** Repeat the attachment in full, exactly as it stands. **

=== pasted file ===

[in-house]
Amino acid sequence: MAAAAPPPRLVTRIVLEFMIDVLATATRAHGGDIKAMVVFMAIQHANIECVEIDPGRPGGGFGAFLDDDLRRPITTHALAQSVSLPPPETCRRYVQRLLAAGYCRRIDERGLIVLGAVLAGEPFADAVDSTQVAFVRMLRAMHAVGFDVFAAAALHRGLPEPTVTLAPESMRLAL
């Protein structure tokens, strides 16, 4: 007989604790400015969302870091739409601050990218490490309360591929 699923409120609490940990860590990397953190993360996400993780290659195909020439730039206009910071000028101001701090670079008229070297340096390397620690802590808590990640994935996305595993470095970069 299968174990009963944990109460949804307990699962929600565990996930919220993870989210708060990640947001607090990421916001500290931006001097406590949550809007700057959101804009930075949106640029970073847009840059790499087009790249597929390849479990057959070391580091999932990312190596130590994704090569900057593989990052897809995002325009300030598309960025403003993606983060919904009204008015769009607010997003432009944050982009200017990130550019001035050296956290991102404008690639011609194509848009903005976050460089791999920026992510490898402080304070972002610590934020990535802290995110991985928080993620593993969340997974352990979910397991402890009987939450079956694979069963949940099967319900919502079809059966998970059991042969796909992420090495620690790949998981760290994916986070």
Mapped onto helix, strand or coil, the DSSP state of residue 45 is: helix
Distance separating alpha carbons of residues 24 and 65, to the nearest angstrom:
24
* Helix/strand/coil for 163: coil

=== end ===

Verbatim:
[in-house]
Amino acid sequence: MAAAAPPPRLVTRIVLEFMIDVLATATRAHGGDIKAMVVFMAIQHANIECVEIDPGRPGGGFGAFLDDDLRRPITTHALAQSVSLPPPETCRRYVQRLLAAGYCRRIDERGLIVLGAVLAGEPFADAVDSTQVAFVRMLRAMHAVGFDVFAAAALHRGLPEPTVTLAPESMRLAL
């Protein structure tokens, strides 16, 4: 007989604790400015969302870091739409601050990218490490309360591929 699923409120609490940990860590990397953190993360996400993780290659195909020439730039206009910071000028101001701090670079008229070297340096390397620690802590808590990640994935996305595993470095970069 299968174990009963944990109460949804307990699962929600565990996930919220993870989210708060990640947001607090990421916001500290931006001097406590949550809007700057959101804009930075949106640029970073847009840059790499087009790249597929390849479990057959070391580091999932990312190596130590994704090569900057593989990052897809995002325009300030598309960025403003993606983060919904009204008015769009607010997003432009944050982009200017990130550019001035050296956290991102404008690639011609194509848009903005976050460089791999920026992510490898402080304070972002610590934020990535802290995110991985928080993620593993969340997974352990979910397991402890009987939450079956694979069963949940099967319900919502079809059966998970059991042969796909992420090495620690790949998981760290994916986070």
Mapped onto helix, strand or coil, the DSSP state of residue 45 is: helix
Distance separating alpha carbons of residues 24 and 65, to the nearest angstrom:
24
* Helix/strand/coil for 163: coil